There’s nothing like a night-time dip in the briny as Dervla Ireland discovered after getting the green light to swim the English Channel.
The junior doctor from Ealing Hospital was part of a six-person relay team whose crossing had been deferred because of adverse weather conditions.
“We finally got the nod at 10.30pm on Sunday. I can’t say I recommend night-time swimming in the channel. It’s cold, wet and you can’t see where you are going.
“You bump into all sorts in the water and I’m pretty sure I swam into a jellyfish but luckily it hit my swimming cap and slide off without stinging me.”
Dervla swam two one hour sessions while the accompanying boat did its best to serve up the team’s Sunday dinners to a hungry sea.
She began training a year ago but faced serious disruption when the second lockdown saw swimming pools and group activities suspended but managed to stay in shape by cycling and running, despite the punishing workload of working on a covid ward.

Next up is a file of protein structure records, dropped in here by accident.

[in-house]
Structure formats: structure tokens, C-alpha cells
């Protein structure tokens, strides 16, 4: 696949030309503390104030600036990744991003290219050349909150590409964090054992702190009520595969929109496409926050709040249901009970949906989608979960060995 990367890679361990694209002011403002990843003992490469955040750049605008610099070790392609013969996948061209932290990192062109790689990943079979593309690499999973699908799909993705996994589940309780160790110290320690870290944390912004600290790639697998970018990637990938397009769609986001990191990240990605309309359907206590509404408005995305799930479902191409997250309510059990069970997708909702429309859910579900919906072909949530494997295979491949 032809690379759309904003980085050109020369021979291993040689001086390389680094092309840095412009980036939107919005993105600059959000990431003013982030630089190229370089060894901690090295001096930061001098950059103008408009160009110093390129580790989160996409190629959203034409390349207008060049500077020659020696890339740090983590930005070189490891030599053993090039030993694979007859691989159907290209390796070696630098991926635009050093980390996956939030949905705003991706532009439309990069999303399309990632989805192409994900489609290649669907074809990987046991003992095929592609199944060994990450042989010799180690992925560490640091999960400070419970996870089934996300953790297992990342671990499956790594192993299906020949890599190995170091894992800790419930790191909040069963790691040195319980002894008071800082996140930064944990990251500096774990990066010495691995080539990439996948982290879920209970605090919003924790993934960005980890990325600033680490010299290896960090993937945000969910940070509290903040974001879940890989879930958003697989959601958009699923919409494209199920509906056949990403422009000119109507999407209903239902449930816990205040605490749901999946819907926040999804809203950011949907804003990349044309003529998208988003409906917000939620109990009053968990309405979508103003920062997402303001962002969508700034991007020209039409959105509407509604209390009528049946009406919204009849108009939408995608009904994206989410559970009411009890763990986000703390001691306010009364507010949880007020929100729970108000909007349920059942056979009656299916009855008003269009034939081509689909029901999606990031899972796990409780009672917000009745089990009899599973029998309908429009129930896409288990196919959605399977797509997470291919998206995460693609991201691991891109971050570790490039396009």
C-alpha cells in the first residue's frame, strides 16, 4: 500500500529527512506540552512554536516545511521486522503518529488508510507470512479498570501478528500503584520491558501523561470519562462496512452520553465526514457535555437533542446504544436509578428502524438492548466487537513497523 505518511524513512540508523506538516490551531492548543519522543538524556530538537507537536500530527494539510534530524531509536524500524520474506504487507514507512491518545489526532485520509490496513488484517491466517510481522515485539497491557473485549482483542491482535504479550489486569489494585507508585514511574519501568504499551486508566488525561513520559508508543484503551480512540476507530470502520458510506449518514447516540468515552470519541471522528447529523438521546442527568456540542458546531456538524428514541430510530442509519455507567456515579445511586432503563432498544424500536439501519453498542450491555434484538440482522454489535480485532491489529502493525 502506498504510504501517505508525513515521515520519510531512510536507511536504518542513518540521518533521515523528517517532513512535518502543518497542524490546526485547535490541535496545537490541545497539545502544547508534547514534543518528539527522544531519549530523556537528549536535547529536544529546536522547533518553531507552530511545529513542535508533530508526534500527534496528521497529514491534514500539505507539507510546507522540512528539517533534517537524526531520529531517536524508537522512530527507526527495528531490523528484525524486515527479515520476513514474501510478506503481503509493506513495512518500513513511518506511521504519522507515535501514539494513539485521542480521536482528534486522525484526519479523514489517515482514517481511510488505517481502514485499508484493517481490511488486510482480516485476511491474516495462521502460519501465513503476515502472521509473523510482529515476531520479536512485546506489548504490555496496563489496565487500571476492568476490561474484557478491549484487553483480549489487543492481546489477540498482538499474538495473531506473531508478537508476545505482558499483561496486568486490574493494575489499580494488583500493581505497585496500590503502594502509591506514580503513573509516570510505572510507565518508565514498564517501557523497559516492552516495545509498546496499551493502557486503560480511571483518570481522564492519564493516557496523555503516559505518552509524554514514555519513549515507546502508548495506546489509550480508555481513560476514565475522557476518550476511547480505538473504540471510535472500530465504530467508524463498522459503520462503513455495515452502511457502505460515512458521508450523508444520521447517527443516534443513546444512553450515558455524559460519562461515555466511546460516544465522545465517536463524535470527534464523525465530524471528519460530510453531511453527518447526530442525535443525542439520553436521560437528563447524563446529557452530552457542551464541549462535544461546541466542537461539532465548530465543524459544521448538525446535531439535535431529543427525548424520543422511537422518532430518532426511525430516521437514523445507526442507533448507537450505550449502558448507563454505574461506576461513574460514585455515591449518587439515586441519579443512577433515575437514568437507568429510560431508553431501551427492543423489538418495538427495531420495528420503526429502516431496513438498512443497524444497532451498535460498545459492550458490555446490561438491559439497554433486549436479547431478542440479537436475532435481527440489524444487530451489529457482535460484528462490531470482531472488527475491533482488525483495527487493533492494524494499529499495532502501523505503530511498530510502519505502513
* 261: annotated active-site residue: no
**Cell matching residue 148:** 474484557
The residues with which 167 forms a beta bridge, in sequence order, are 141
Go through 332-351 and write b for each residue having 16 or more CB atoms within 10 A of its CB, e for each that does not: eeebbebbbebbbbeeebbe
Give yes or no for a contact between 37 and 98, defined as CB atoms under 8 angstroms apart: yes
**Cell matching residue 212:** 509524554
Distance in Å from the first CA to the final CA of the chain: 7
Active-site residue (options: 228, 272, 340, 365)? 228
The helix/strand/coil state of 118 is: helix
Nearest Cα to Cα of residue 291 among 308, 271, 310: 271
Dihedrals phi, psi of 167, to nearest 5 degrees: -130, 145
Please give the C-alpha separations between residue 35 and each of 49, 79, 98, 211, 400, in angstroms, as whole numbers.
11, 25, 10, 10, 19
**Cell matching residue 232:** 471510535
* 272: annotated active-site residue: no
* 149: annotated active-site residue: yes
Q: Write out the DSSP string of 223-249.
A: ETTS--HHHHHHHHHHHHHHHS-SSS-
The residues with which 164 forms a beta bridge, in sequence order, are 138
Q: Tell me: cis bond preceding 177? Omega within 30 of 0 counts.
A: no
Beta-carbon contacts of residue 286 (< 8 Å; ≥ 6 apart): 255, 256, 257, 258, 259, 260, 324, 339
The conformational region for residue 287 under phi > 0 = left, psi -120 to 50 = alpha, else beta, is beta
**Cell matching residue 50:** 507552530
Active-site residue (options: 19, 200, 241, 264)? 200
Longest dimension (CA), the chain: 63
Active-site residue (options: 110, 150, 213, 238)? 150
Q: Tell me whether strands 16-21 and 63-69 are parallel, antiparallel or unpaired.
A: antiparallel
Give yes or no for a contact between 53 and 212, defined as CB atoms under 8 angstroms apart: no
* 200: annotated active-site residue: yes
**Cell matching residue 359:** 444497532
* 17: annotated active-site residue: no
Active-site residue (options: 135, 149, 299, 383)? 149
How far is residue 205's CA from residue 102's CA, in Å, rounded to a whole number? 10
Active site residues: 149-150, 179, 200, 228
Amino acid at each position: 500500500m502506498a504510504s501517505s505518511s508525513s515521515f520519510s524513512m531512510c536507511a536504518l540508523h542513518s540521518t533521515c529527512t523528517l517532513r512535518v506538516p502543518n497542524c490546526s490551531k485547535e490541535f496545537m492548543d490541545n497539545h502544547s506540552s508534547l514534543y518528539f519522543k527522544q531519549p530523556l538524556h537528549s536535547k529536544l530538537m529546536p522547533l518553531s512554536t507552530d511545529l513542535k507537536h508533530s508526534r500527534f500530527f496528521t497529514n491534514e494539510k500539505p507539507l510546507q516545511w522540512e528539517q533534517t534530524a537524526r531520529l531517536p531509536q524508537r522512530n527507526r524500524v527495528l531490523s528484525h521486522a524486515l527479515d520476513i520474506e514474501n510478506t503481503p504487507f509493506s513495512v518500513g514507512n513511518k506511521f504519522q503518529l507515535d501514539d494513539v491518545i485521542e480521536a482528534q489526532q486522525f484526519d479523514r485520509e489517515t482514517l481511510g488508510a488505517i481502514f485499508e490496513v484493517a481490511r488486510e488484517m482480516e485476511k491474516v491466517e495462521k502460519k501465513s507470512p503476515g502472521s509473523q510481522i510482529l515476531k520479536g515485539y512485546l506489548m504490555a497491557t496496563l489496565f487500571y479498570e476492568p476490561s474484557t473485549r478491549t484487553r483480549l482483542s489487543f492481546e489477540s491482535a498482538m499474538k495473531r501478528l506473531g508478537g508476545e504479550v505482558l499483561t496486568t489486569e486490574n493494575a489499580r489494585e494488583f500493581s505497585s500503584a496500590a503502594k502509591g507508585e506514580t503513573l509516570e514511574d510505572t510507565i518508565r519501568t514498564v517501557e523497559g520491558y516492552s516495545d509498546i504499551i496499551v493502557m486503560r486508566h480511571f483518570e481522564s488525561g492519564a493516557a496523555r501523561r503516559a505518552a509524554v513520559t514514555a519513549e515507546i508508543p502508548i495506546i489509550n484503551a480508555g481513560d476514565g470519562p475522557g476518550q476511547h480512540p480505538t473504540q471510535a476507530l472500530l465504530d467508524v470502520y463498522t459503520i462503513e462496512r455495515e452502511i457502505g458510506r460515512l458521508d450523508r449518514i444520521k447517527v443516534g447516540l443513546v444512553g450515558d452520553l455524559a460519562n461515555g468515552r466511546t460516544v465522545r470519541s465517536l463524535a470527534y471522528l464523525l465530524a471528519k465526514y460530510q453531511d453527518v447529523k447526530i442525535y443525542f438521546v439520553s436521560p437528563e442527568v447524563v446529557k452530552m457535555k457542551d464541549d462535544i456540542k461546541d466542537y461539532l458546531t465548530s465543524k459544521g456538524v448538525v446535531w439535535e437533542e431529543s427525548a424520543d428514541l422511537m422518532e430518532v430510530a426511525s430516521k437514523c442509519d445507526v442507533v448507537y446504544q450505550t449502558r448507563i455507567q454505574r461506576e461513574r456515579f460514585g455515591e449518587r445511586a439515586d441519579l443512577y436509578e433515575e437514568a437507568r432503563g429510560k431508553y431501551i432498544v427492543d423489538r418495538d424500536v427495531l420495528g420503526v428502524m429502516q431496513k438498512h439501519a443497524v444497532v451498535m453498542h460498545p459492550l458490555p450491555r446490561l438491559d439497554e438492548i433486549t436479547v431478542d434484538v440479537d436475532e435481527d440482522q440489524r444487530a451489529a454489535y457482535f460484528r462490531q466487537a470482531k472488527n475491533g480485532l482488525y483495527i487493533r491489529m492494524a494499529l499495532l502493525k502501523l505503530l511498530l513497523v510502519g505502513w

Dervla found a novel way to acclimatise to the bracing waters of the channel by taking increasingly long cold showers and baths to toughen her up.
“One of the toughest things about night swimming is you have nothing to look at so the hour passed very slowly. My second session was at dawn and we were accompanied a lot of the way by someone making a separate solo attempt.”
The Aspire Bulldogs needed all their tenacity to complete the 21 mile crossing which stretched to an arm-aching 31 miles with the drift of the current.
“I’d like to say we celebrated but we were so tired we feel asleep on the trip back.”
Dervla was raising money for Aspire, a charity that helps people with life changing spinal injuries regain their independence. She recently returned to her native Devon and we wish her all the best.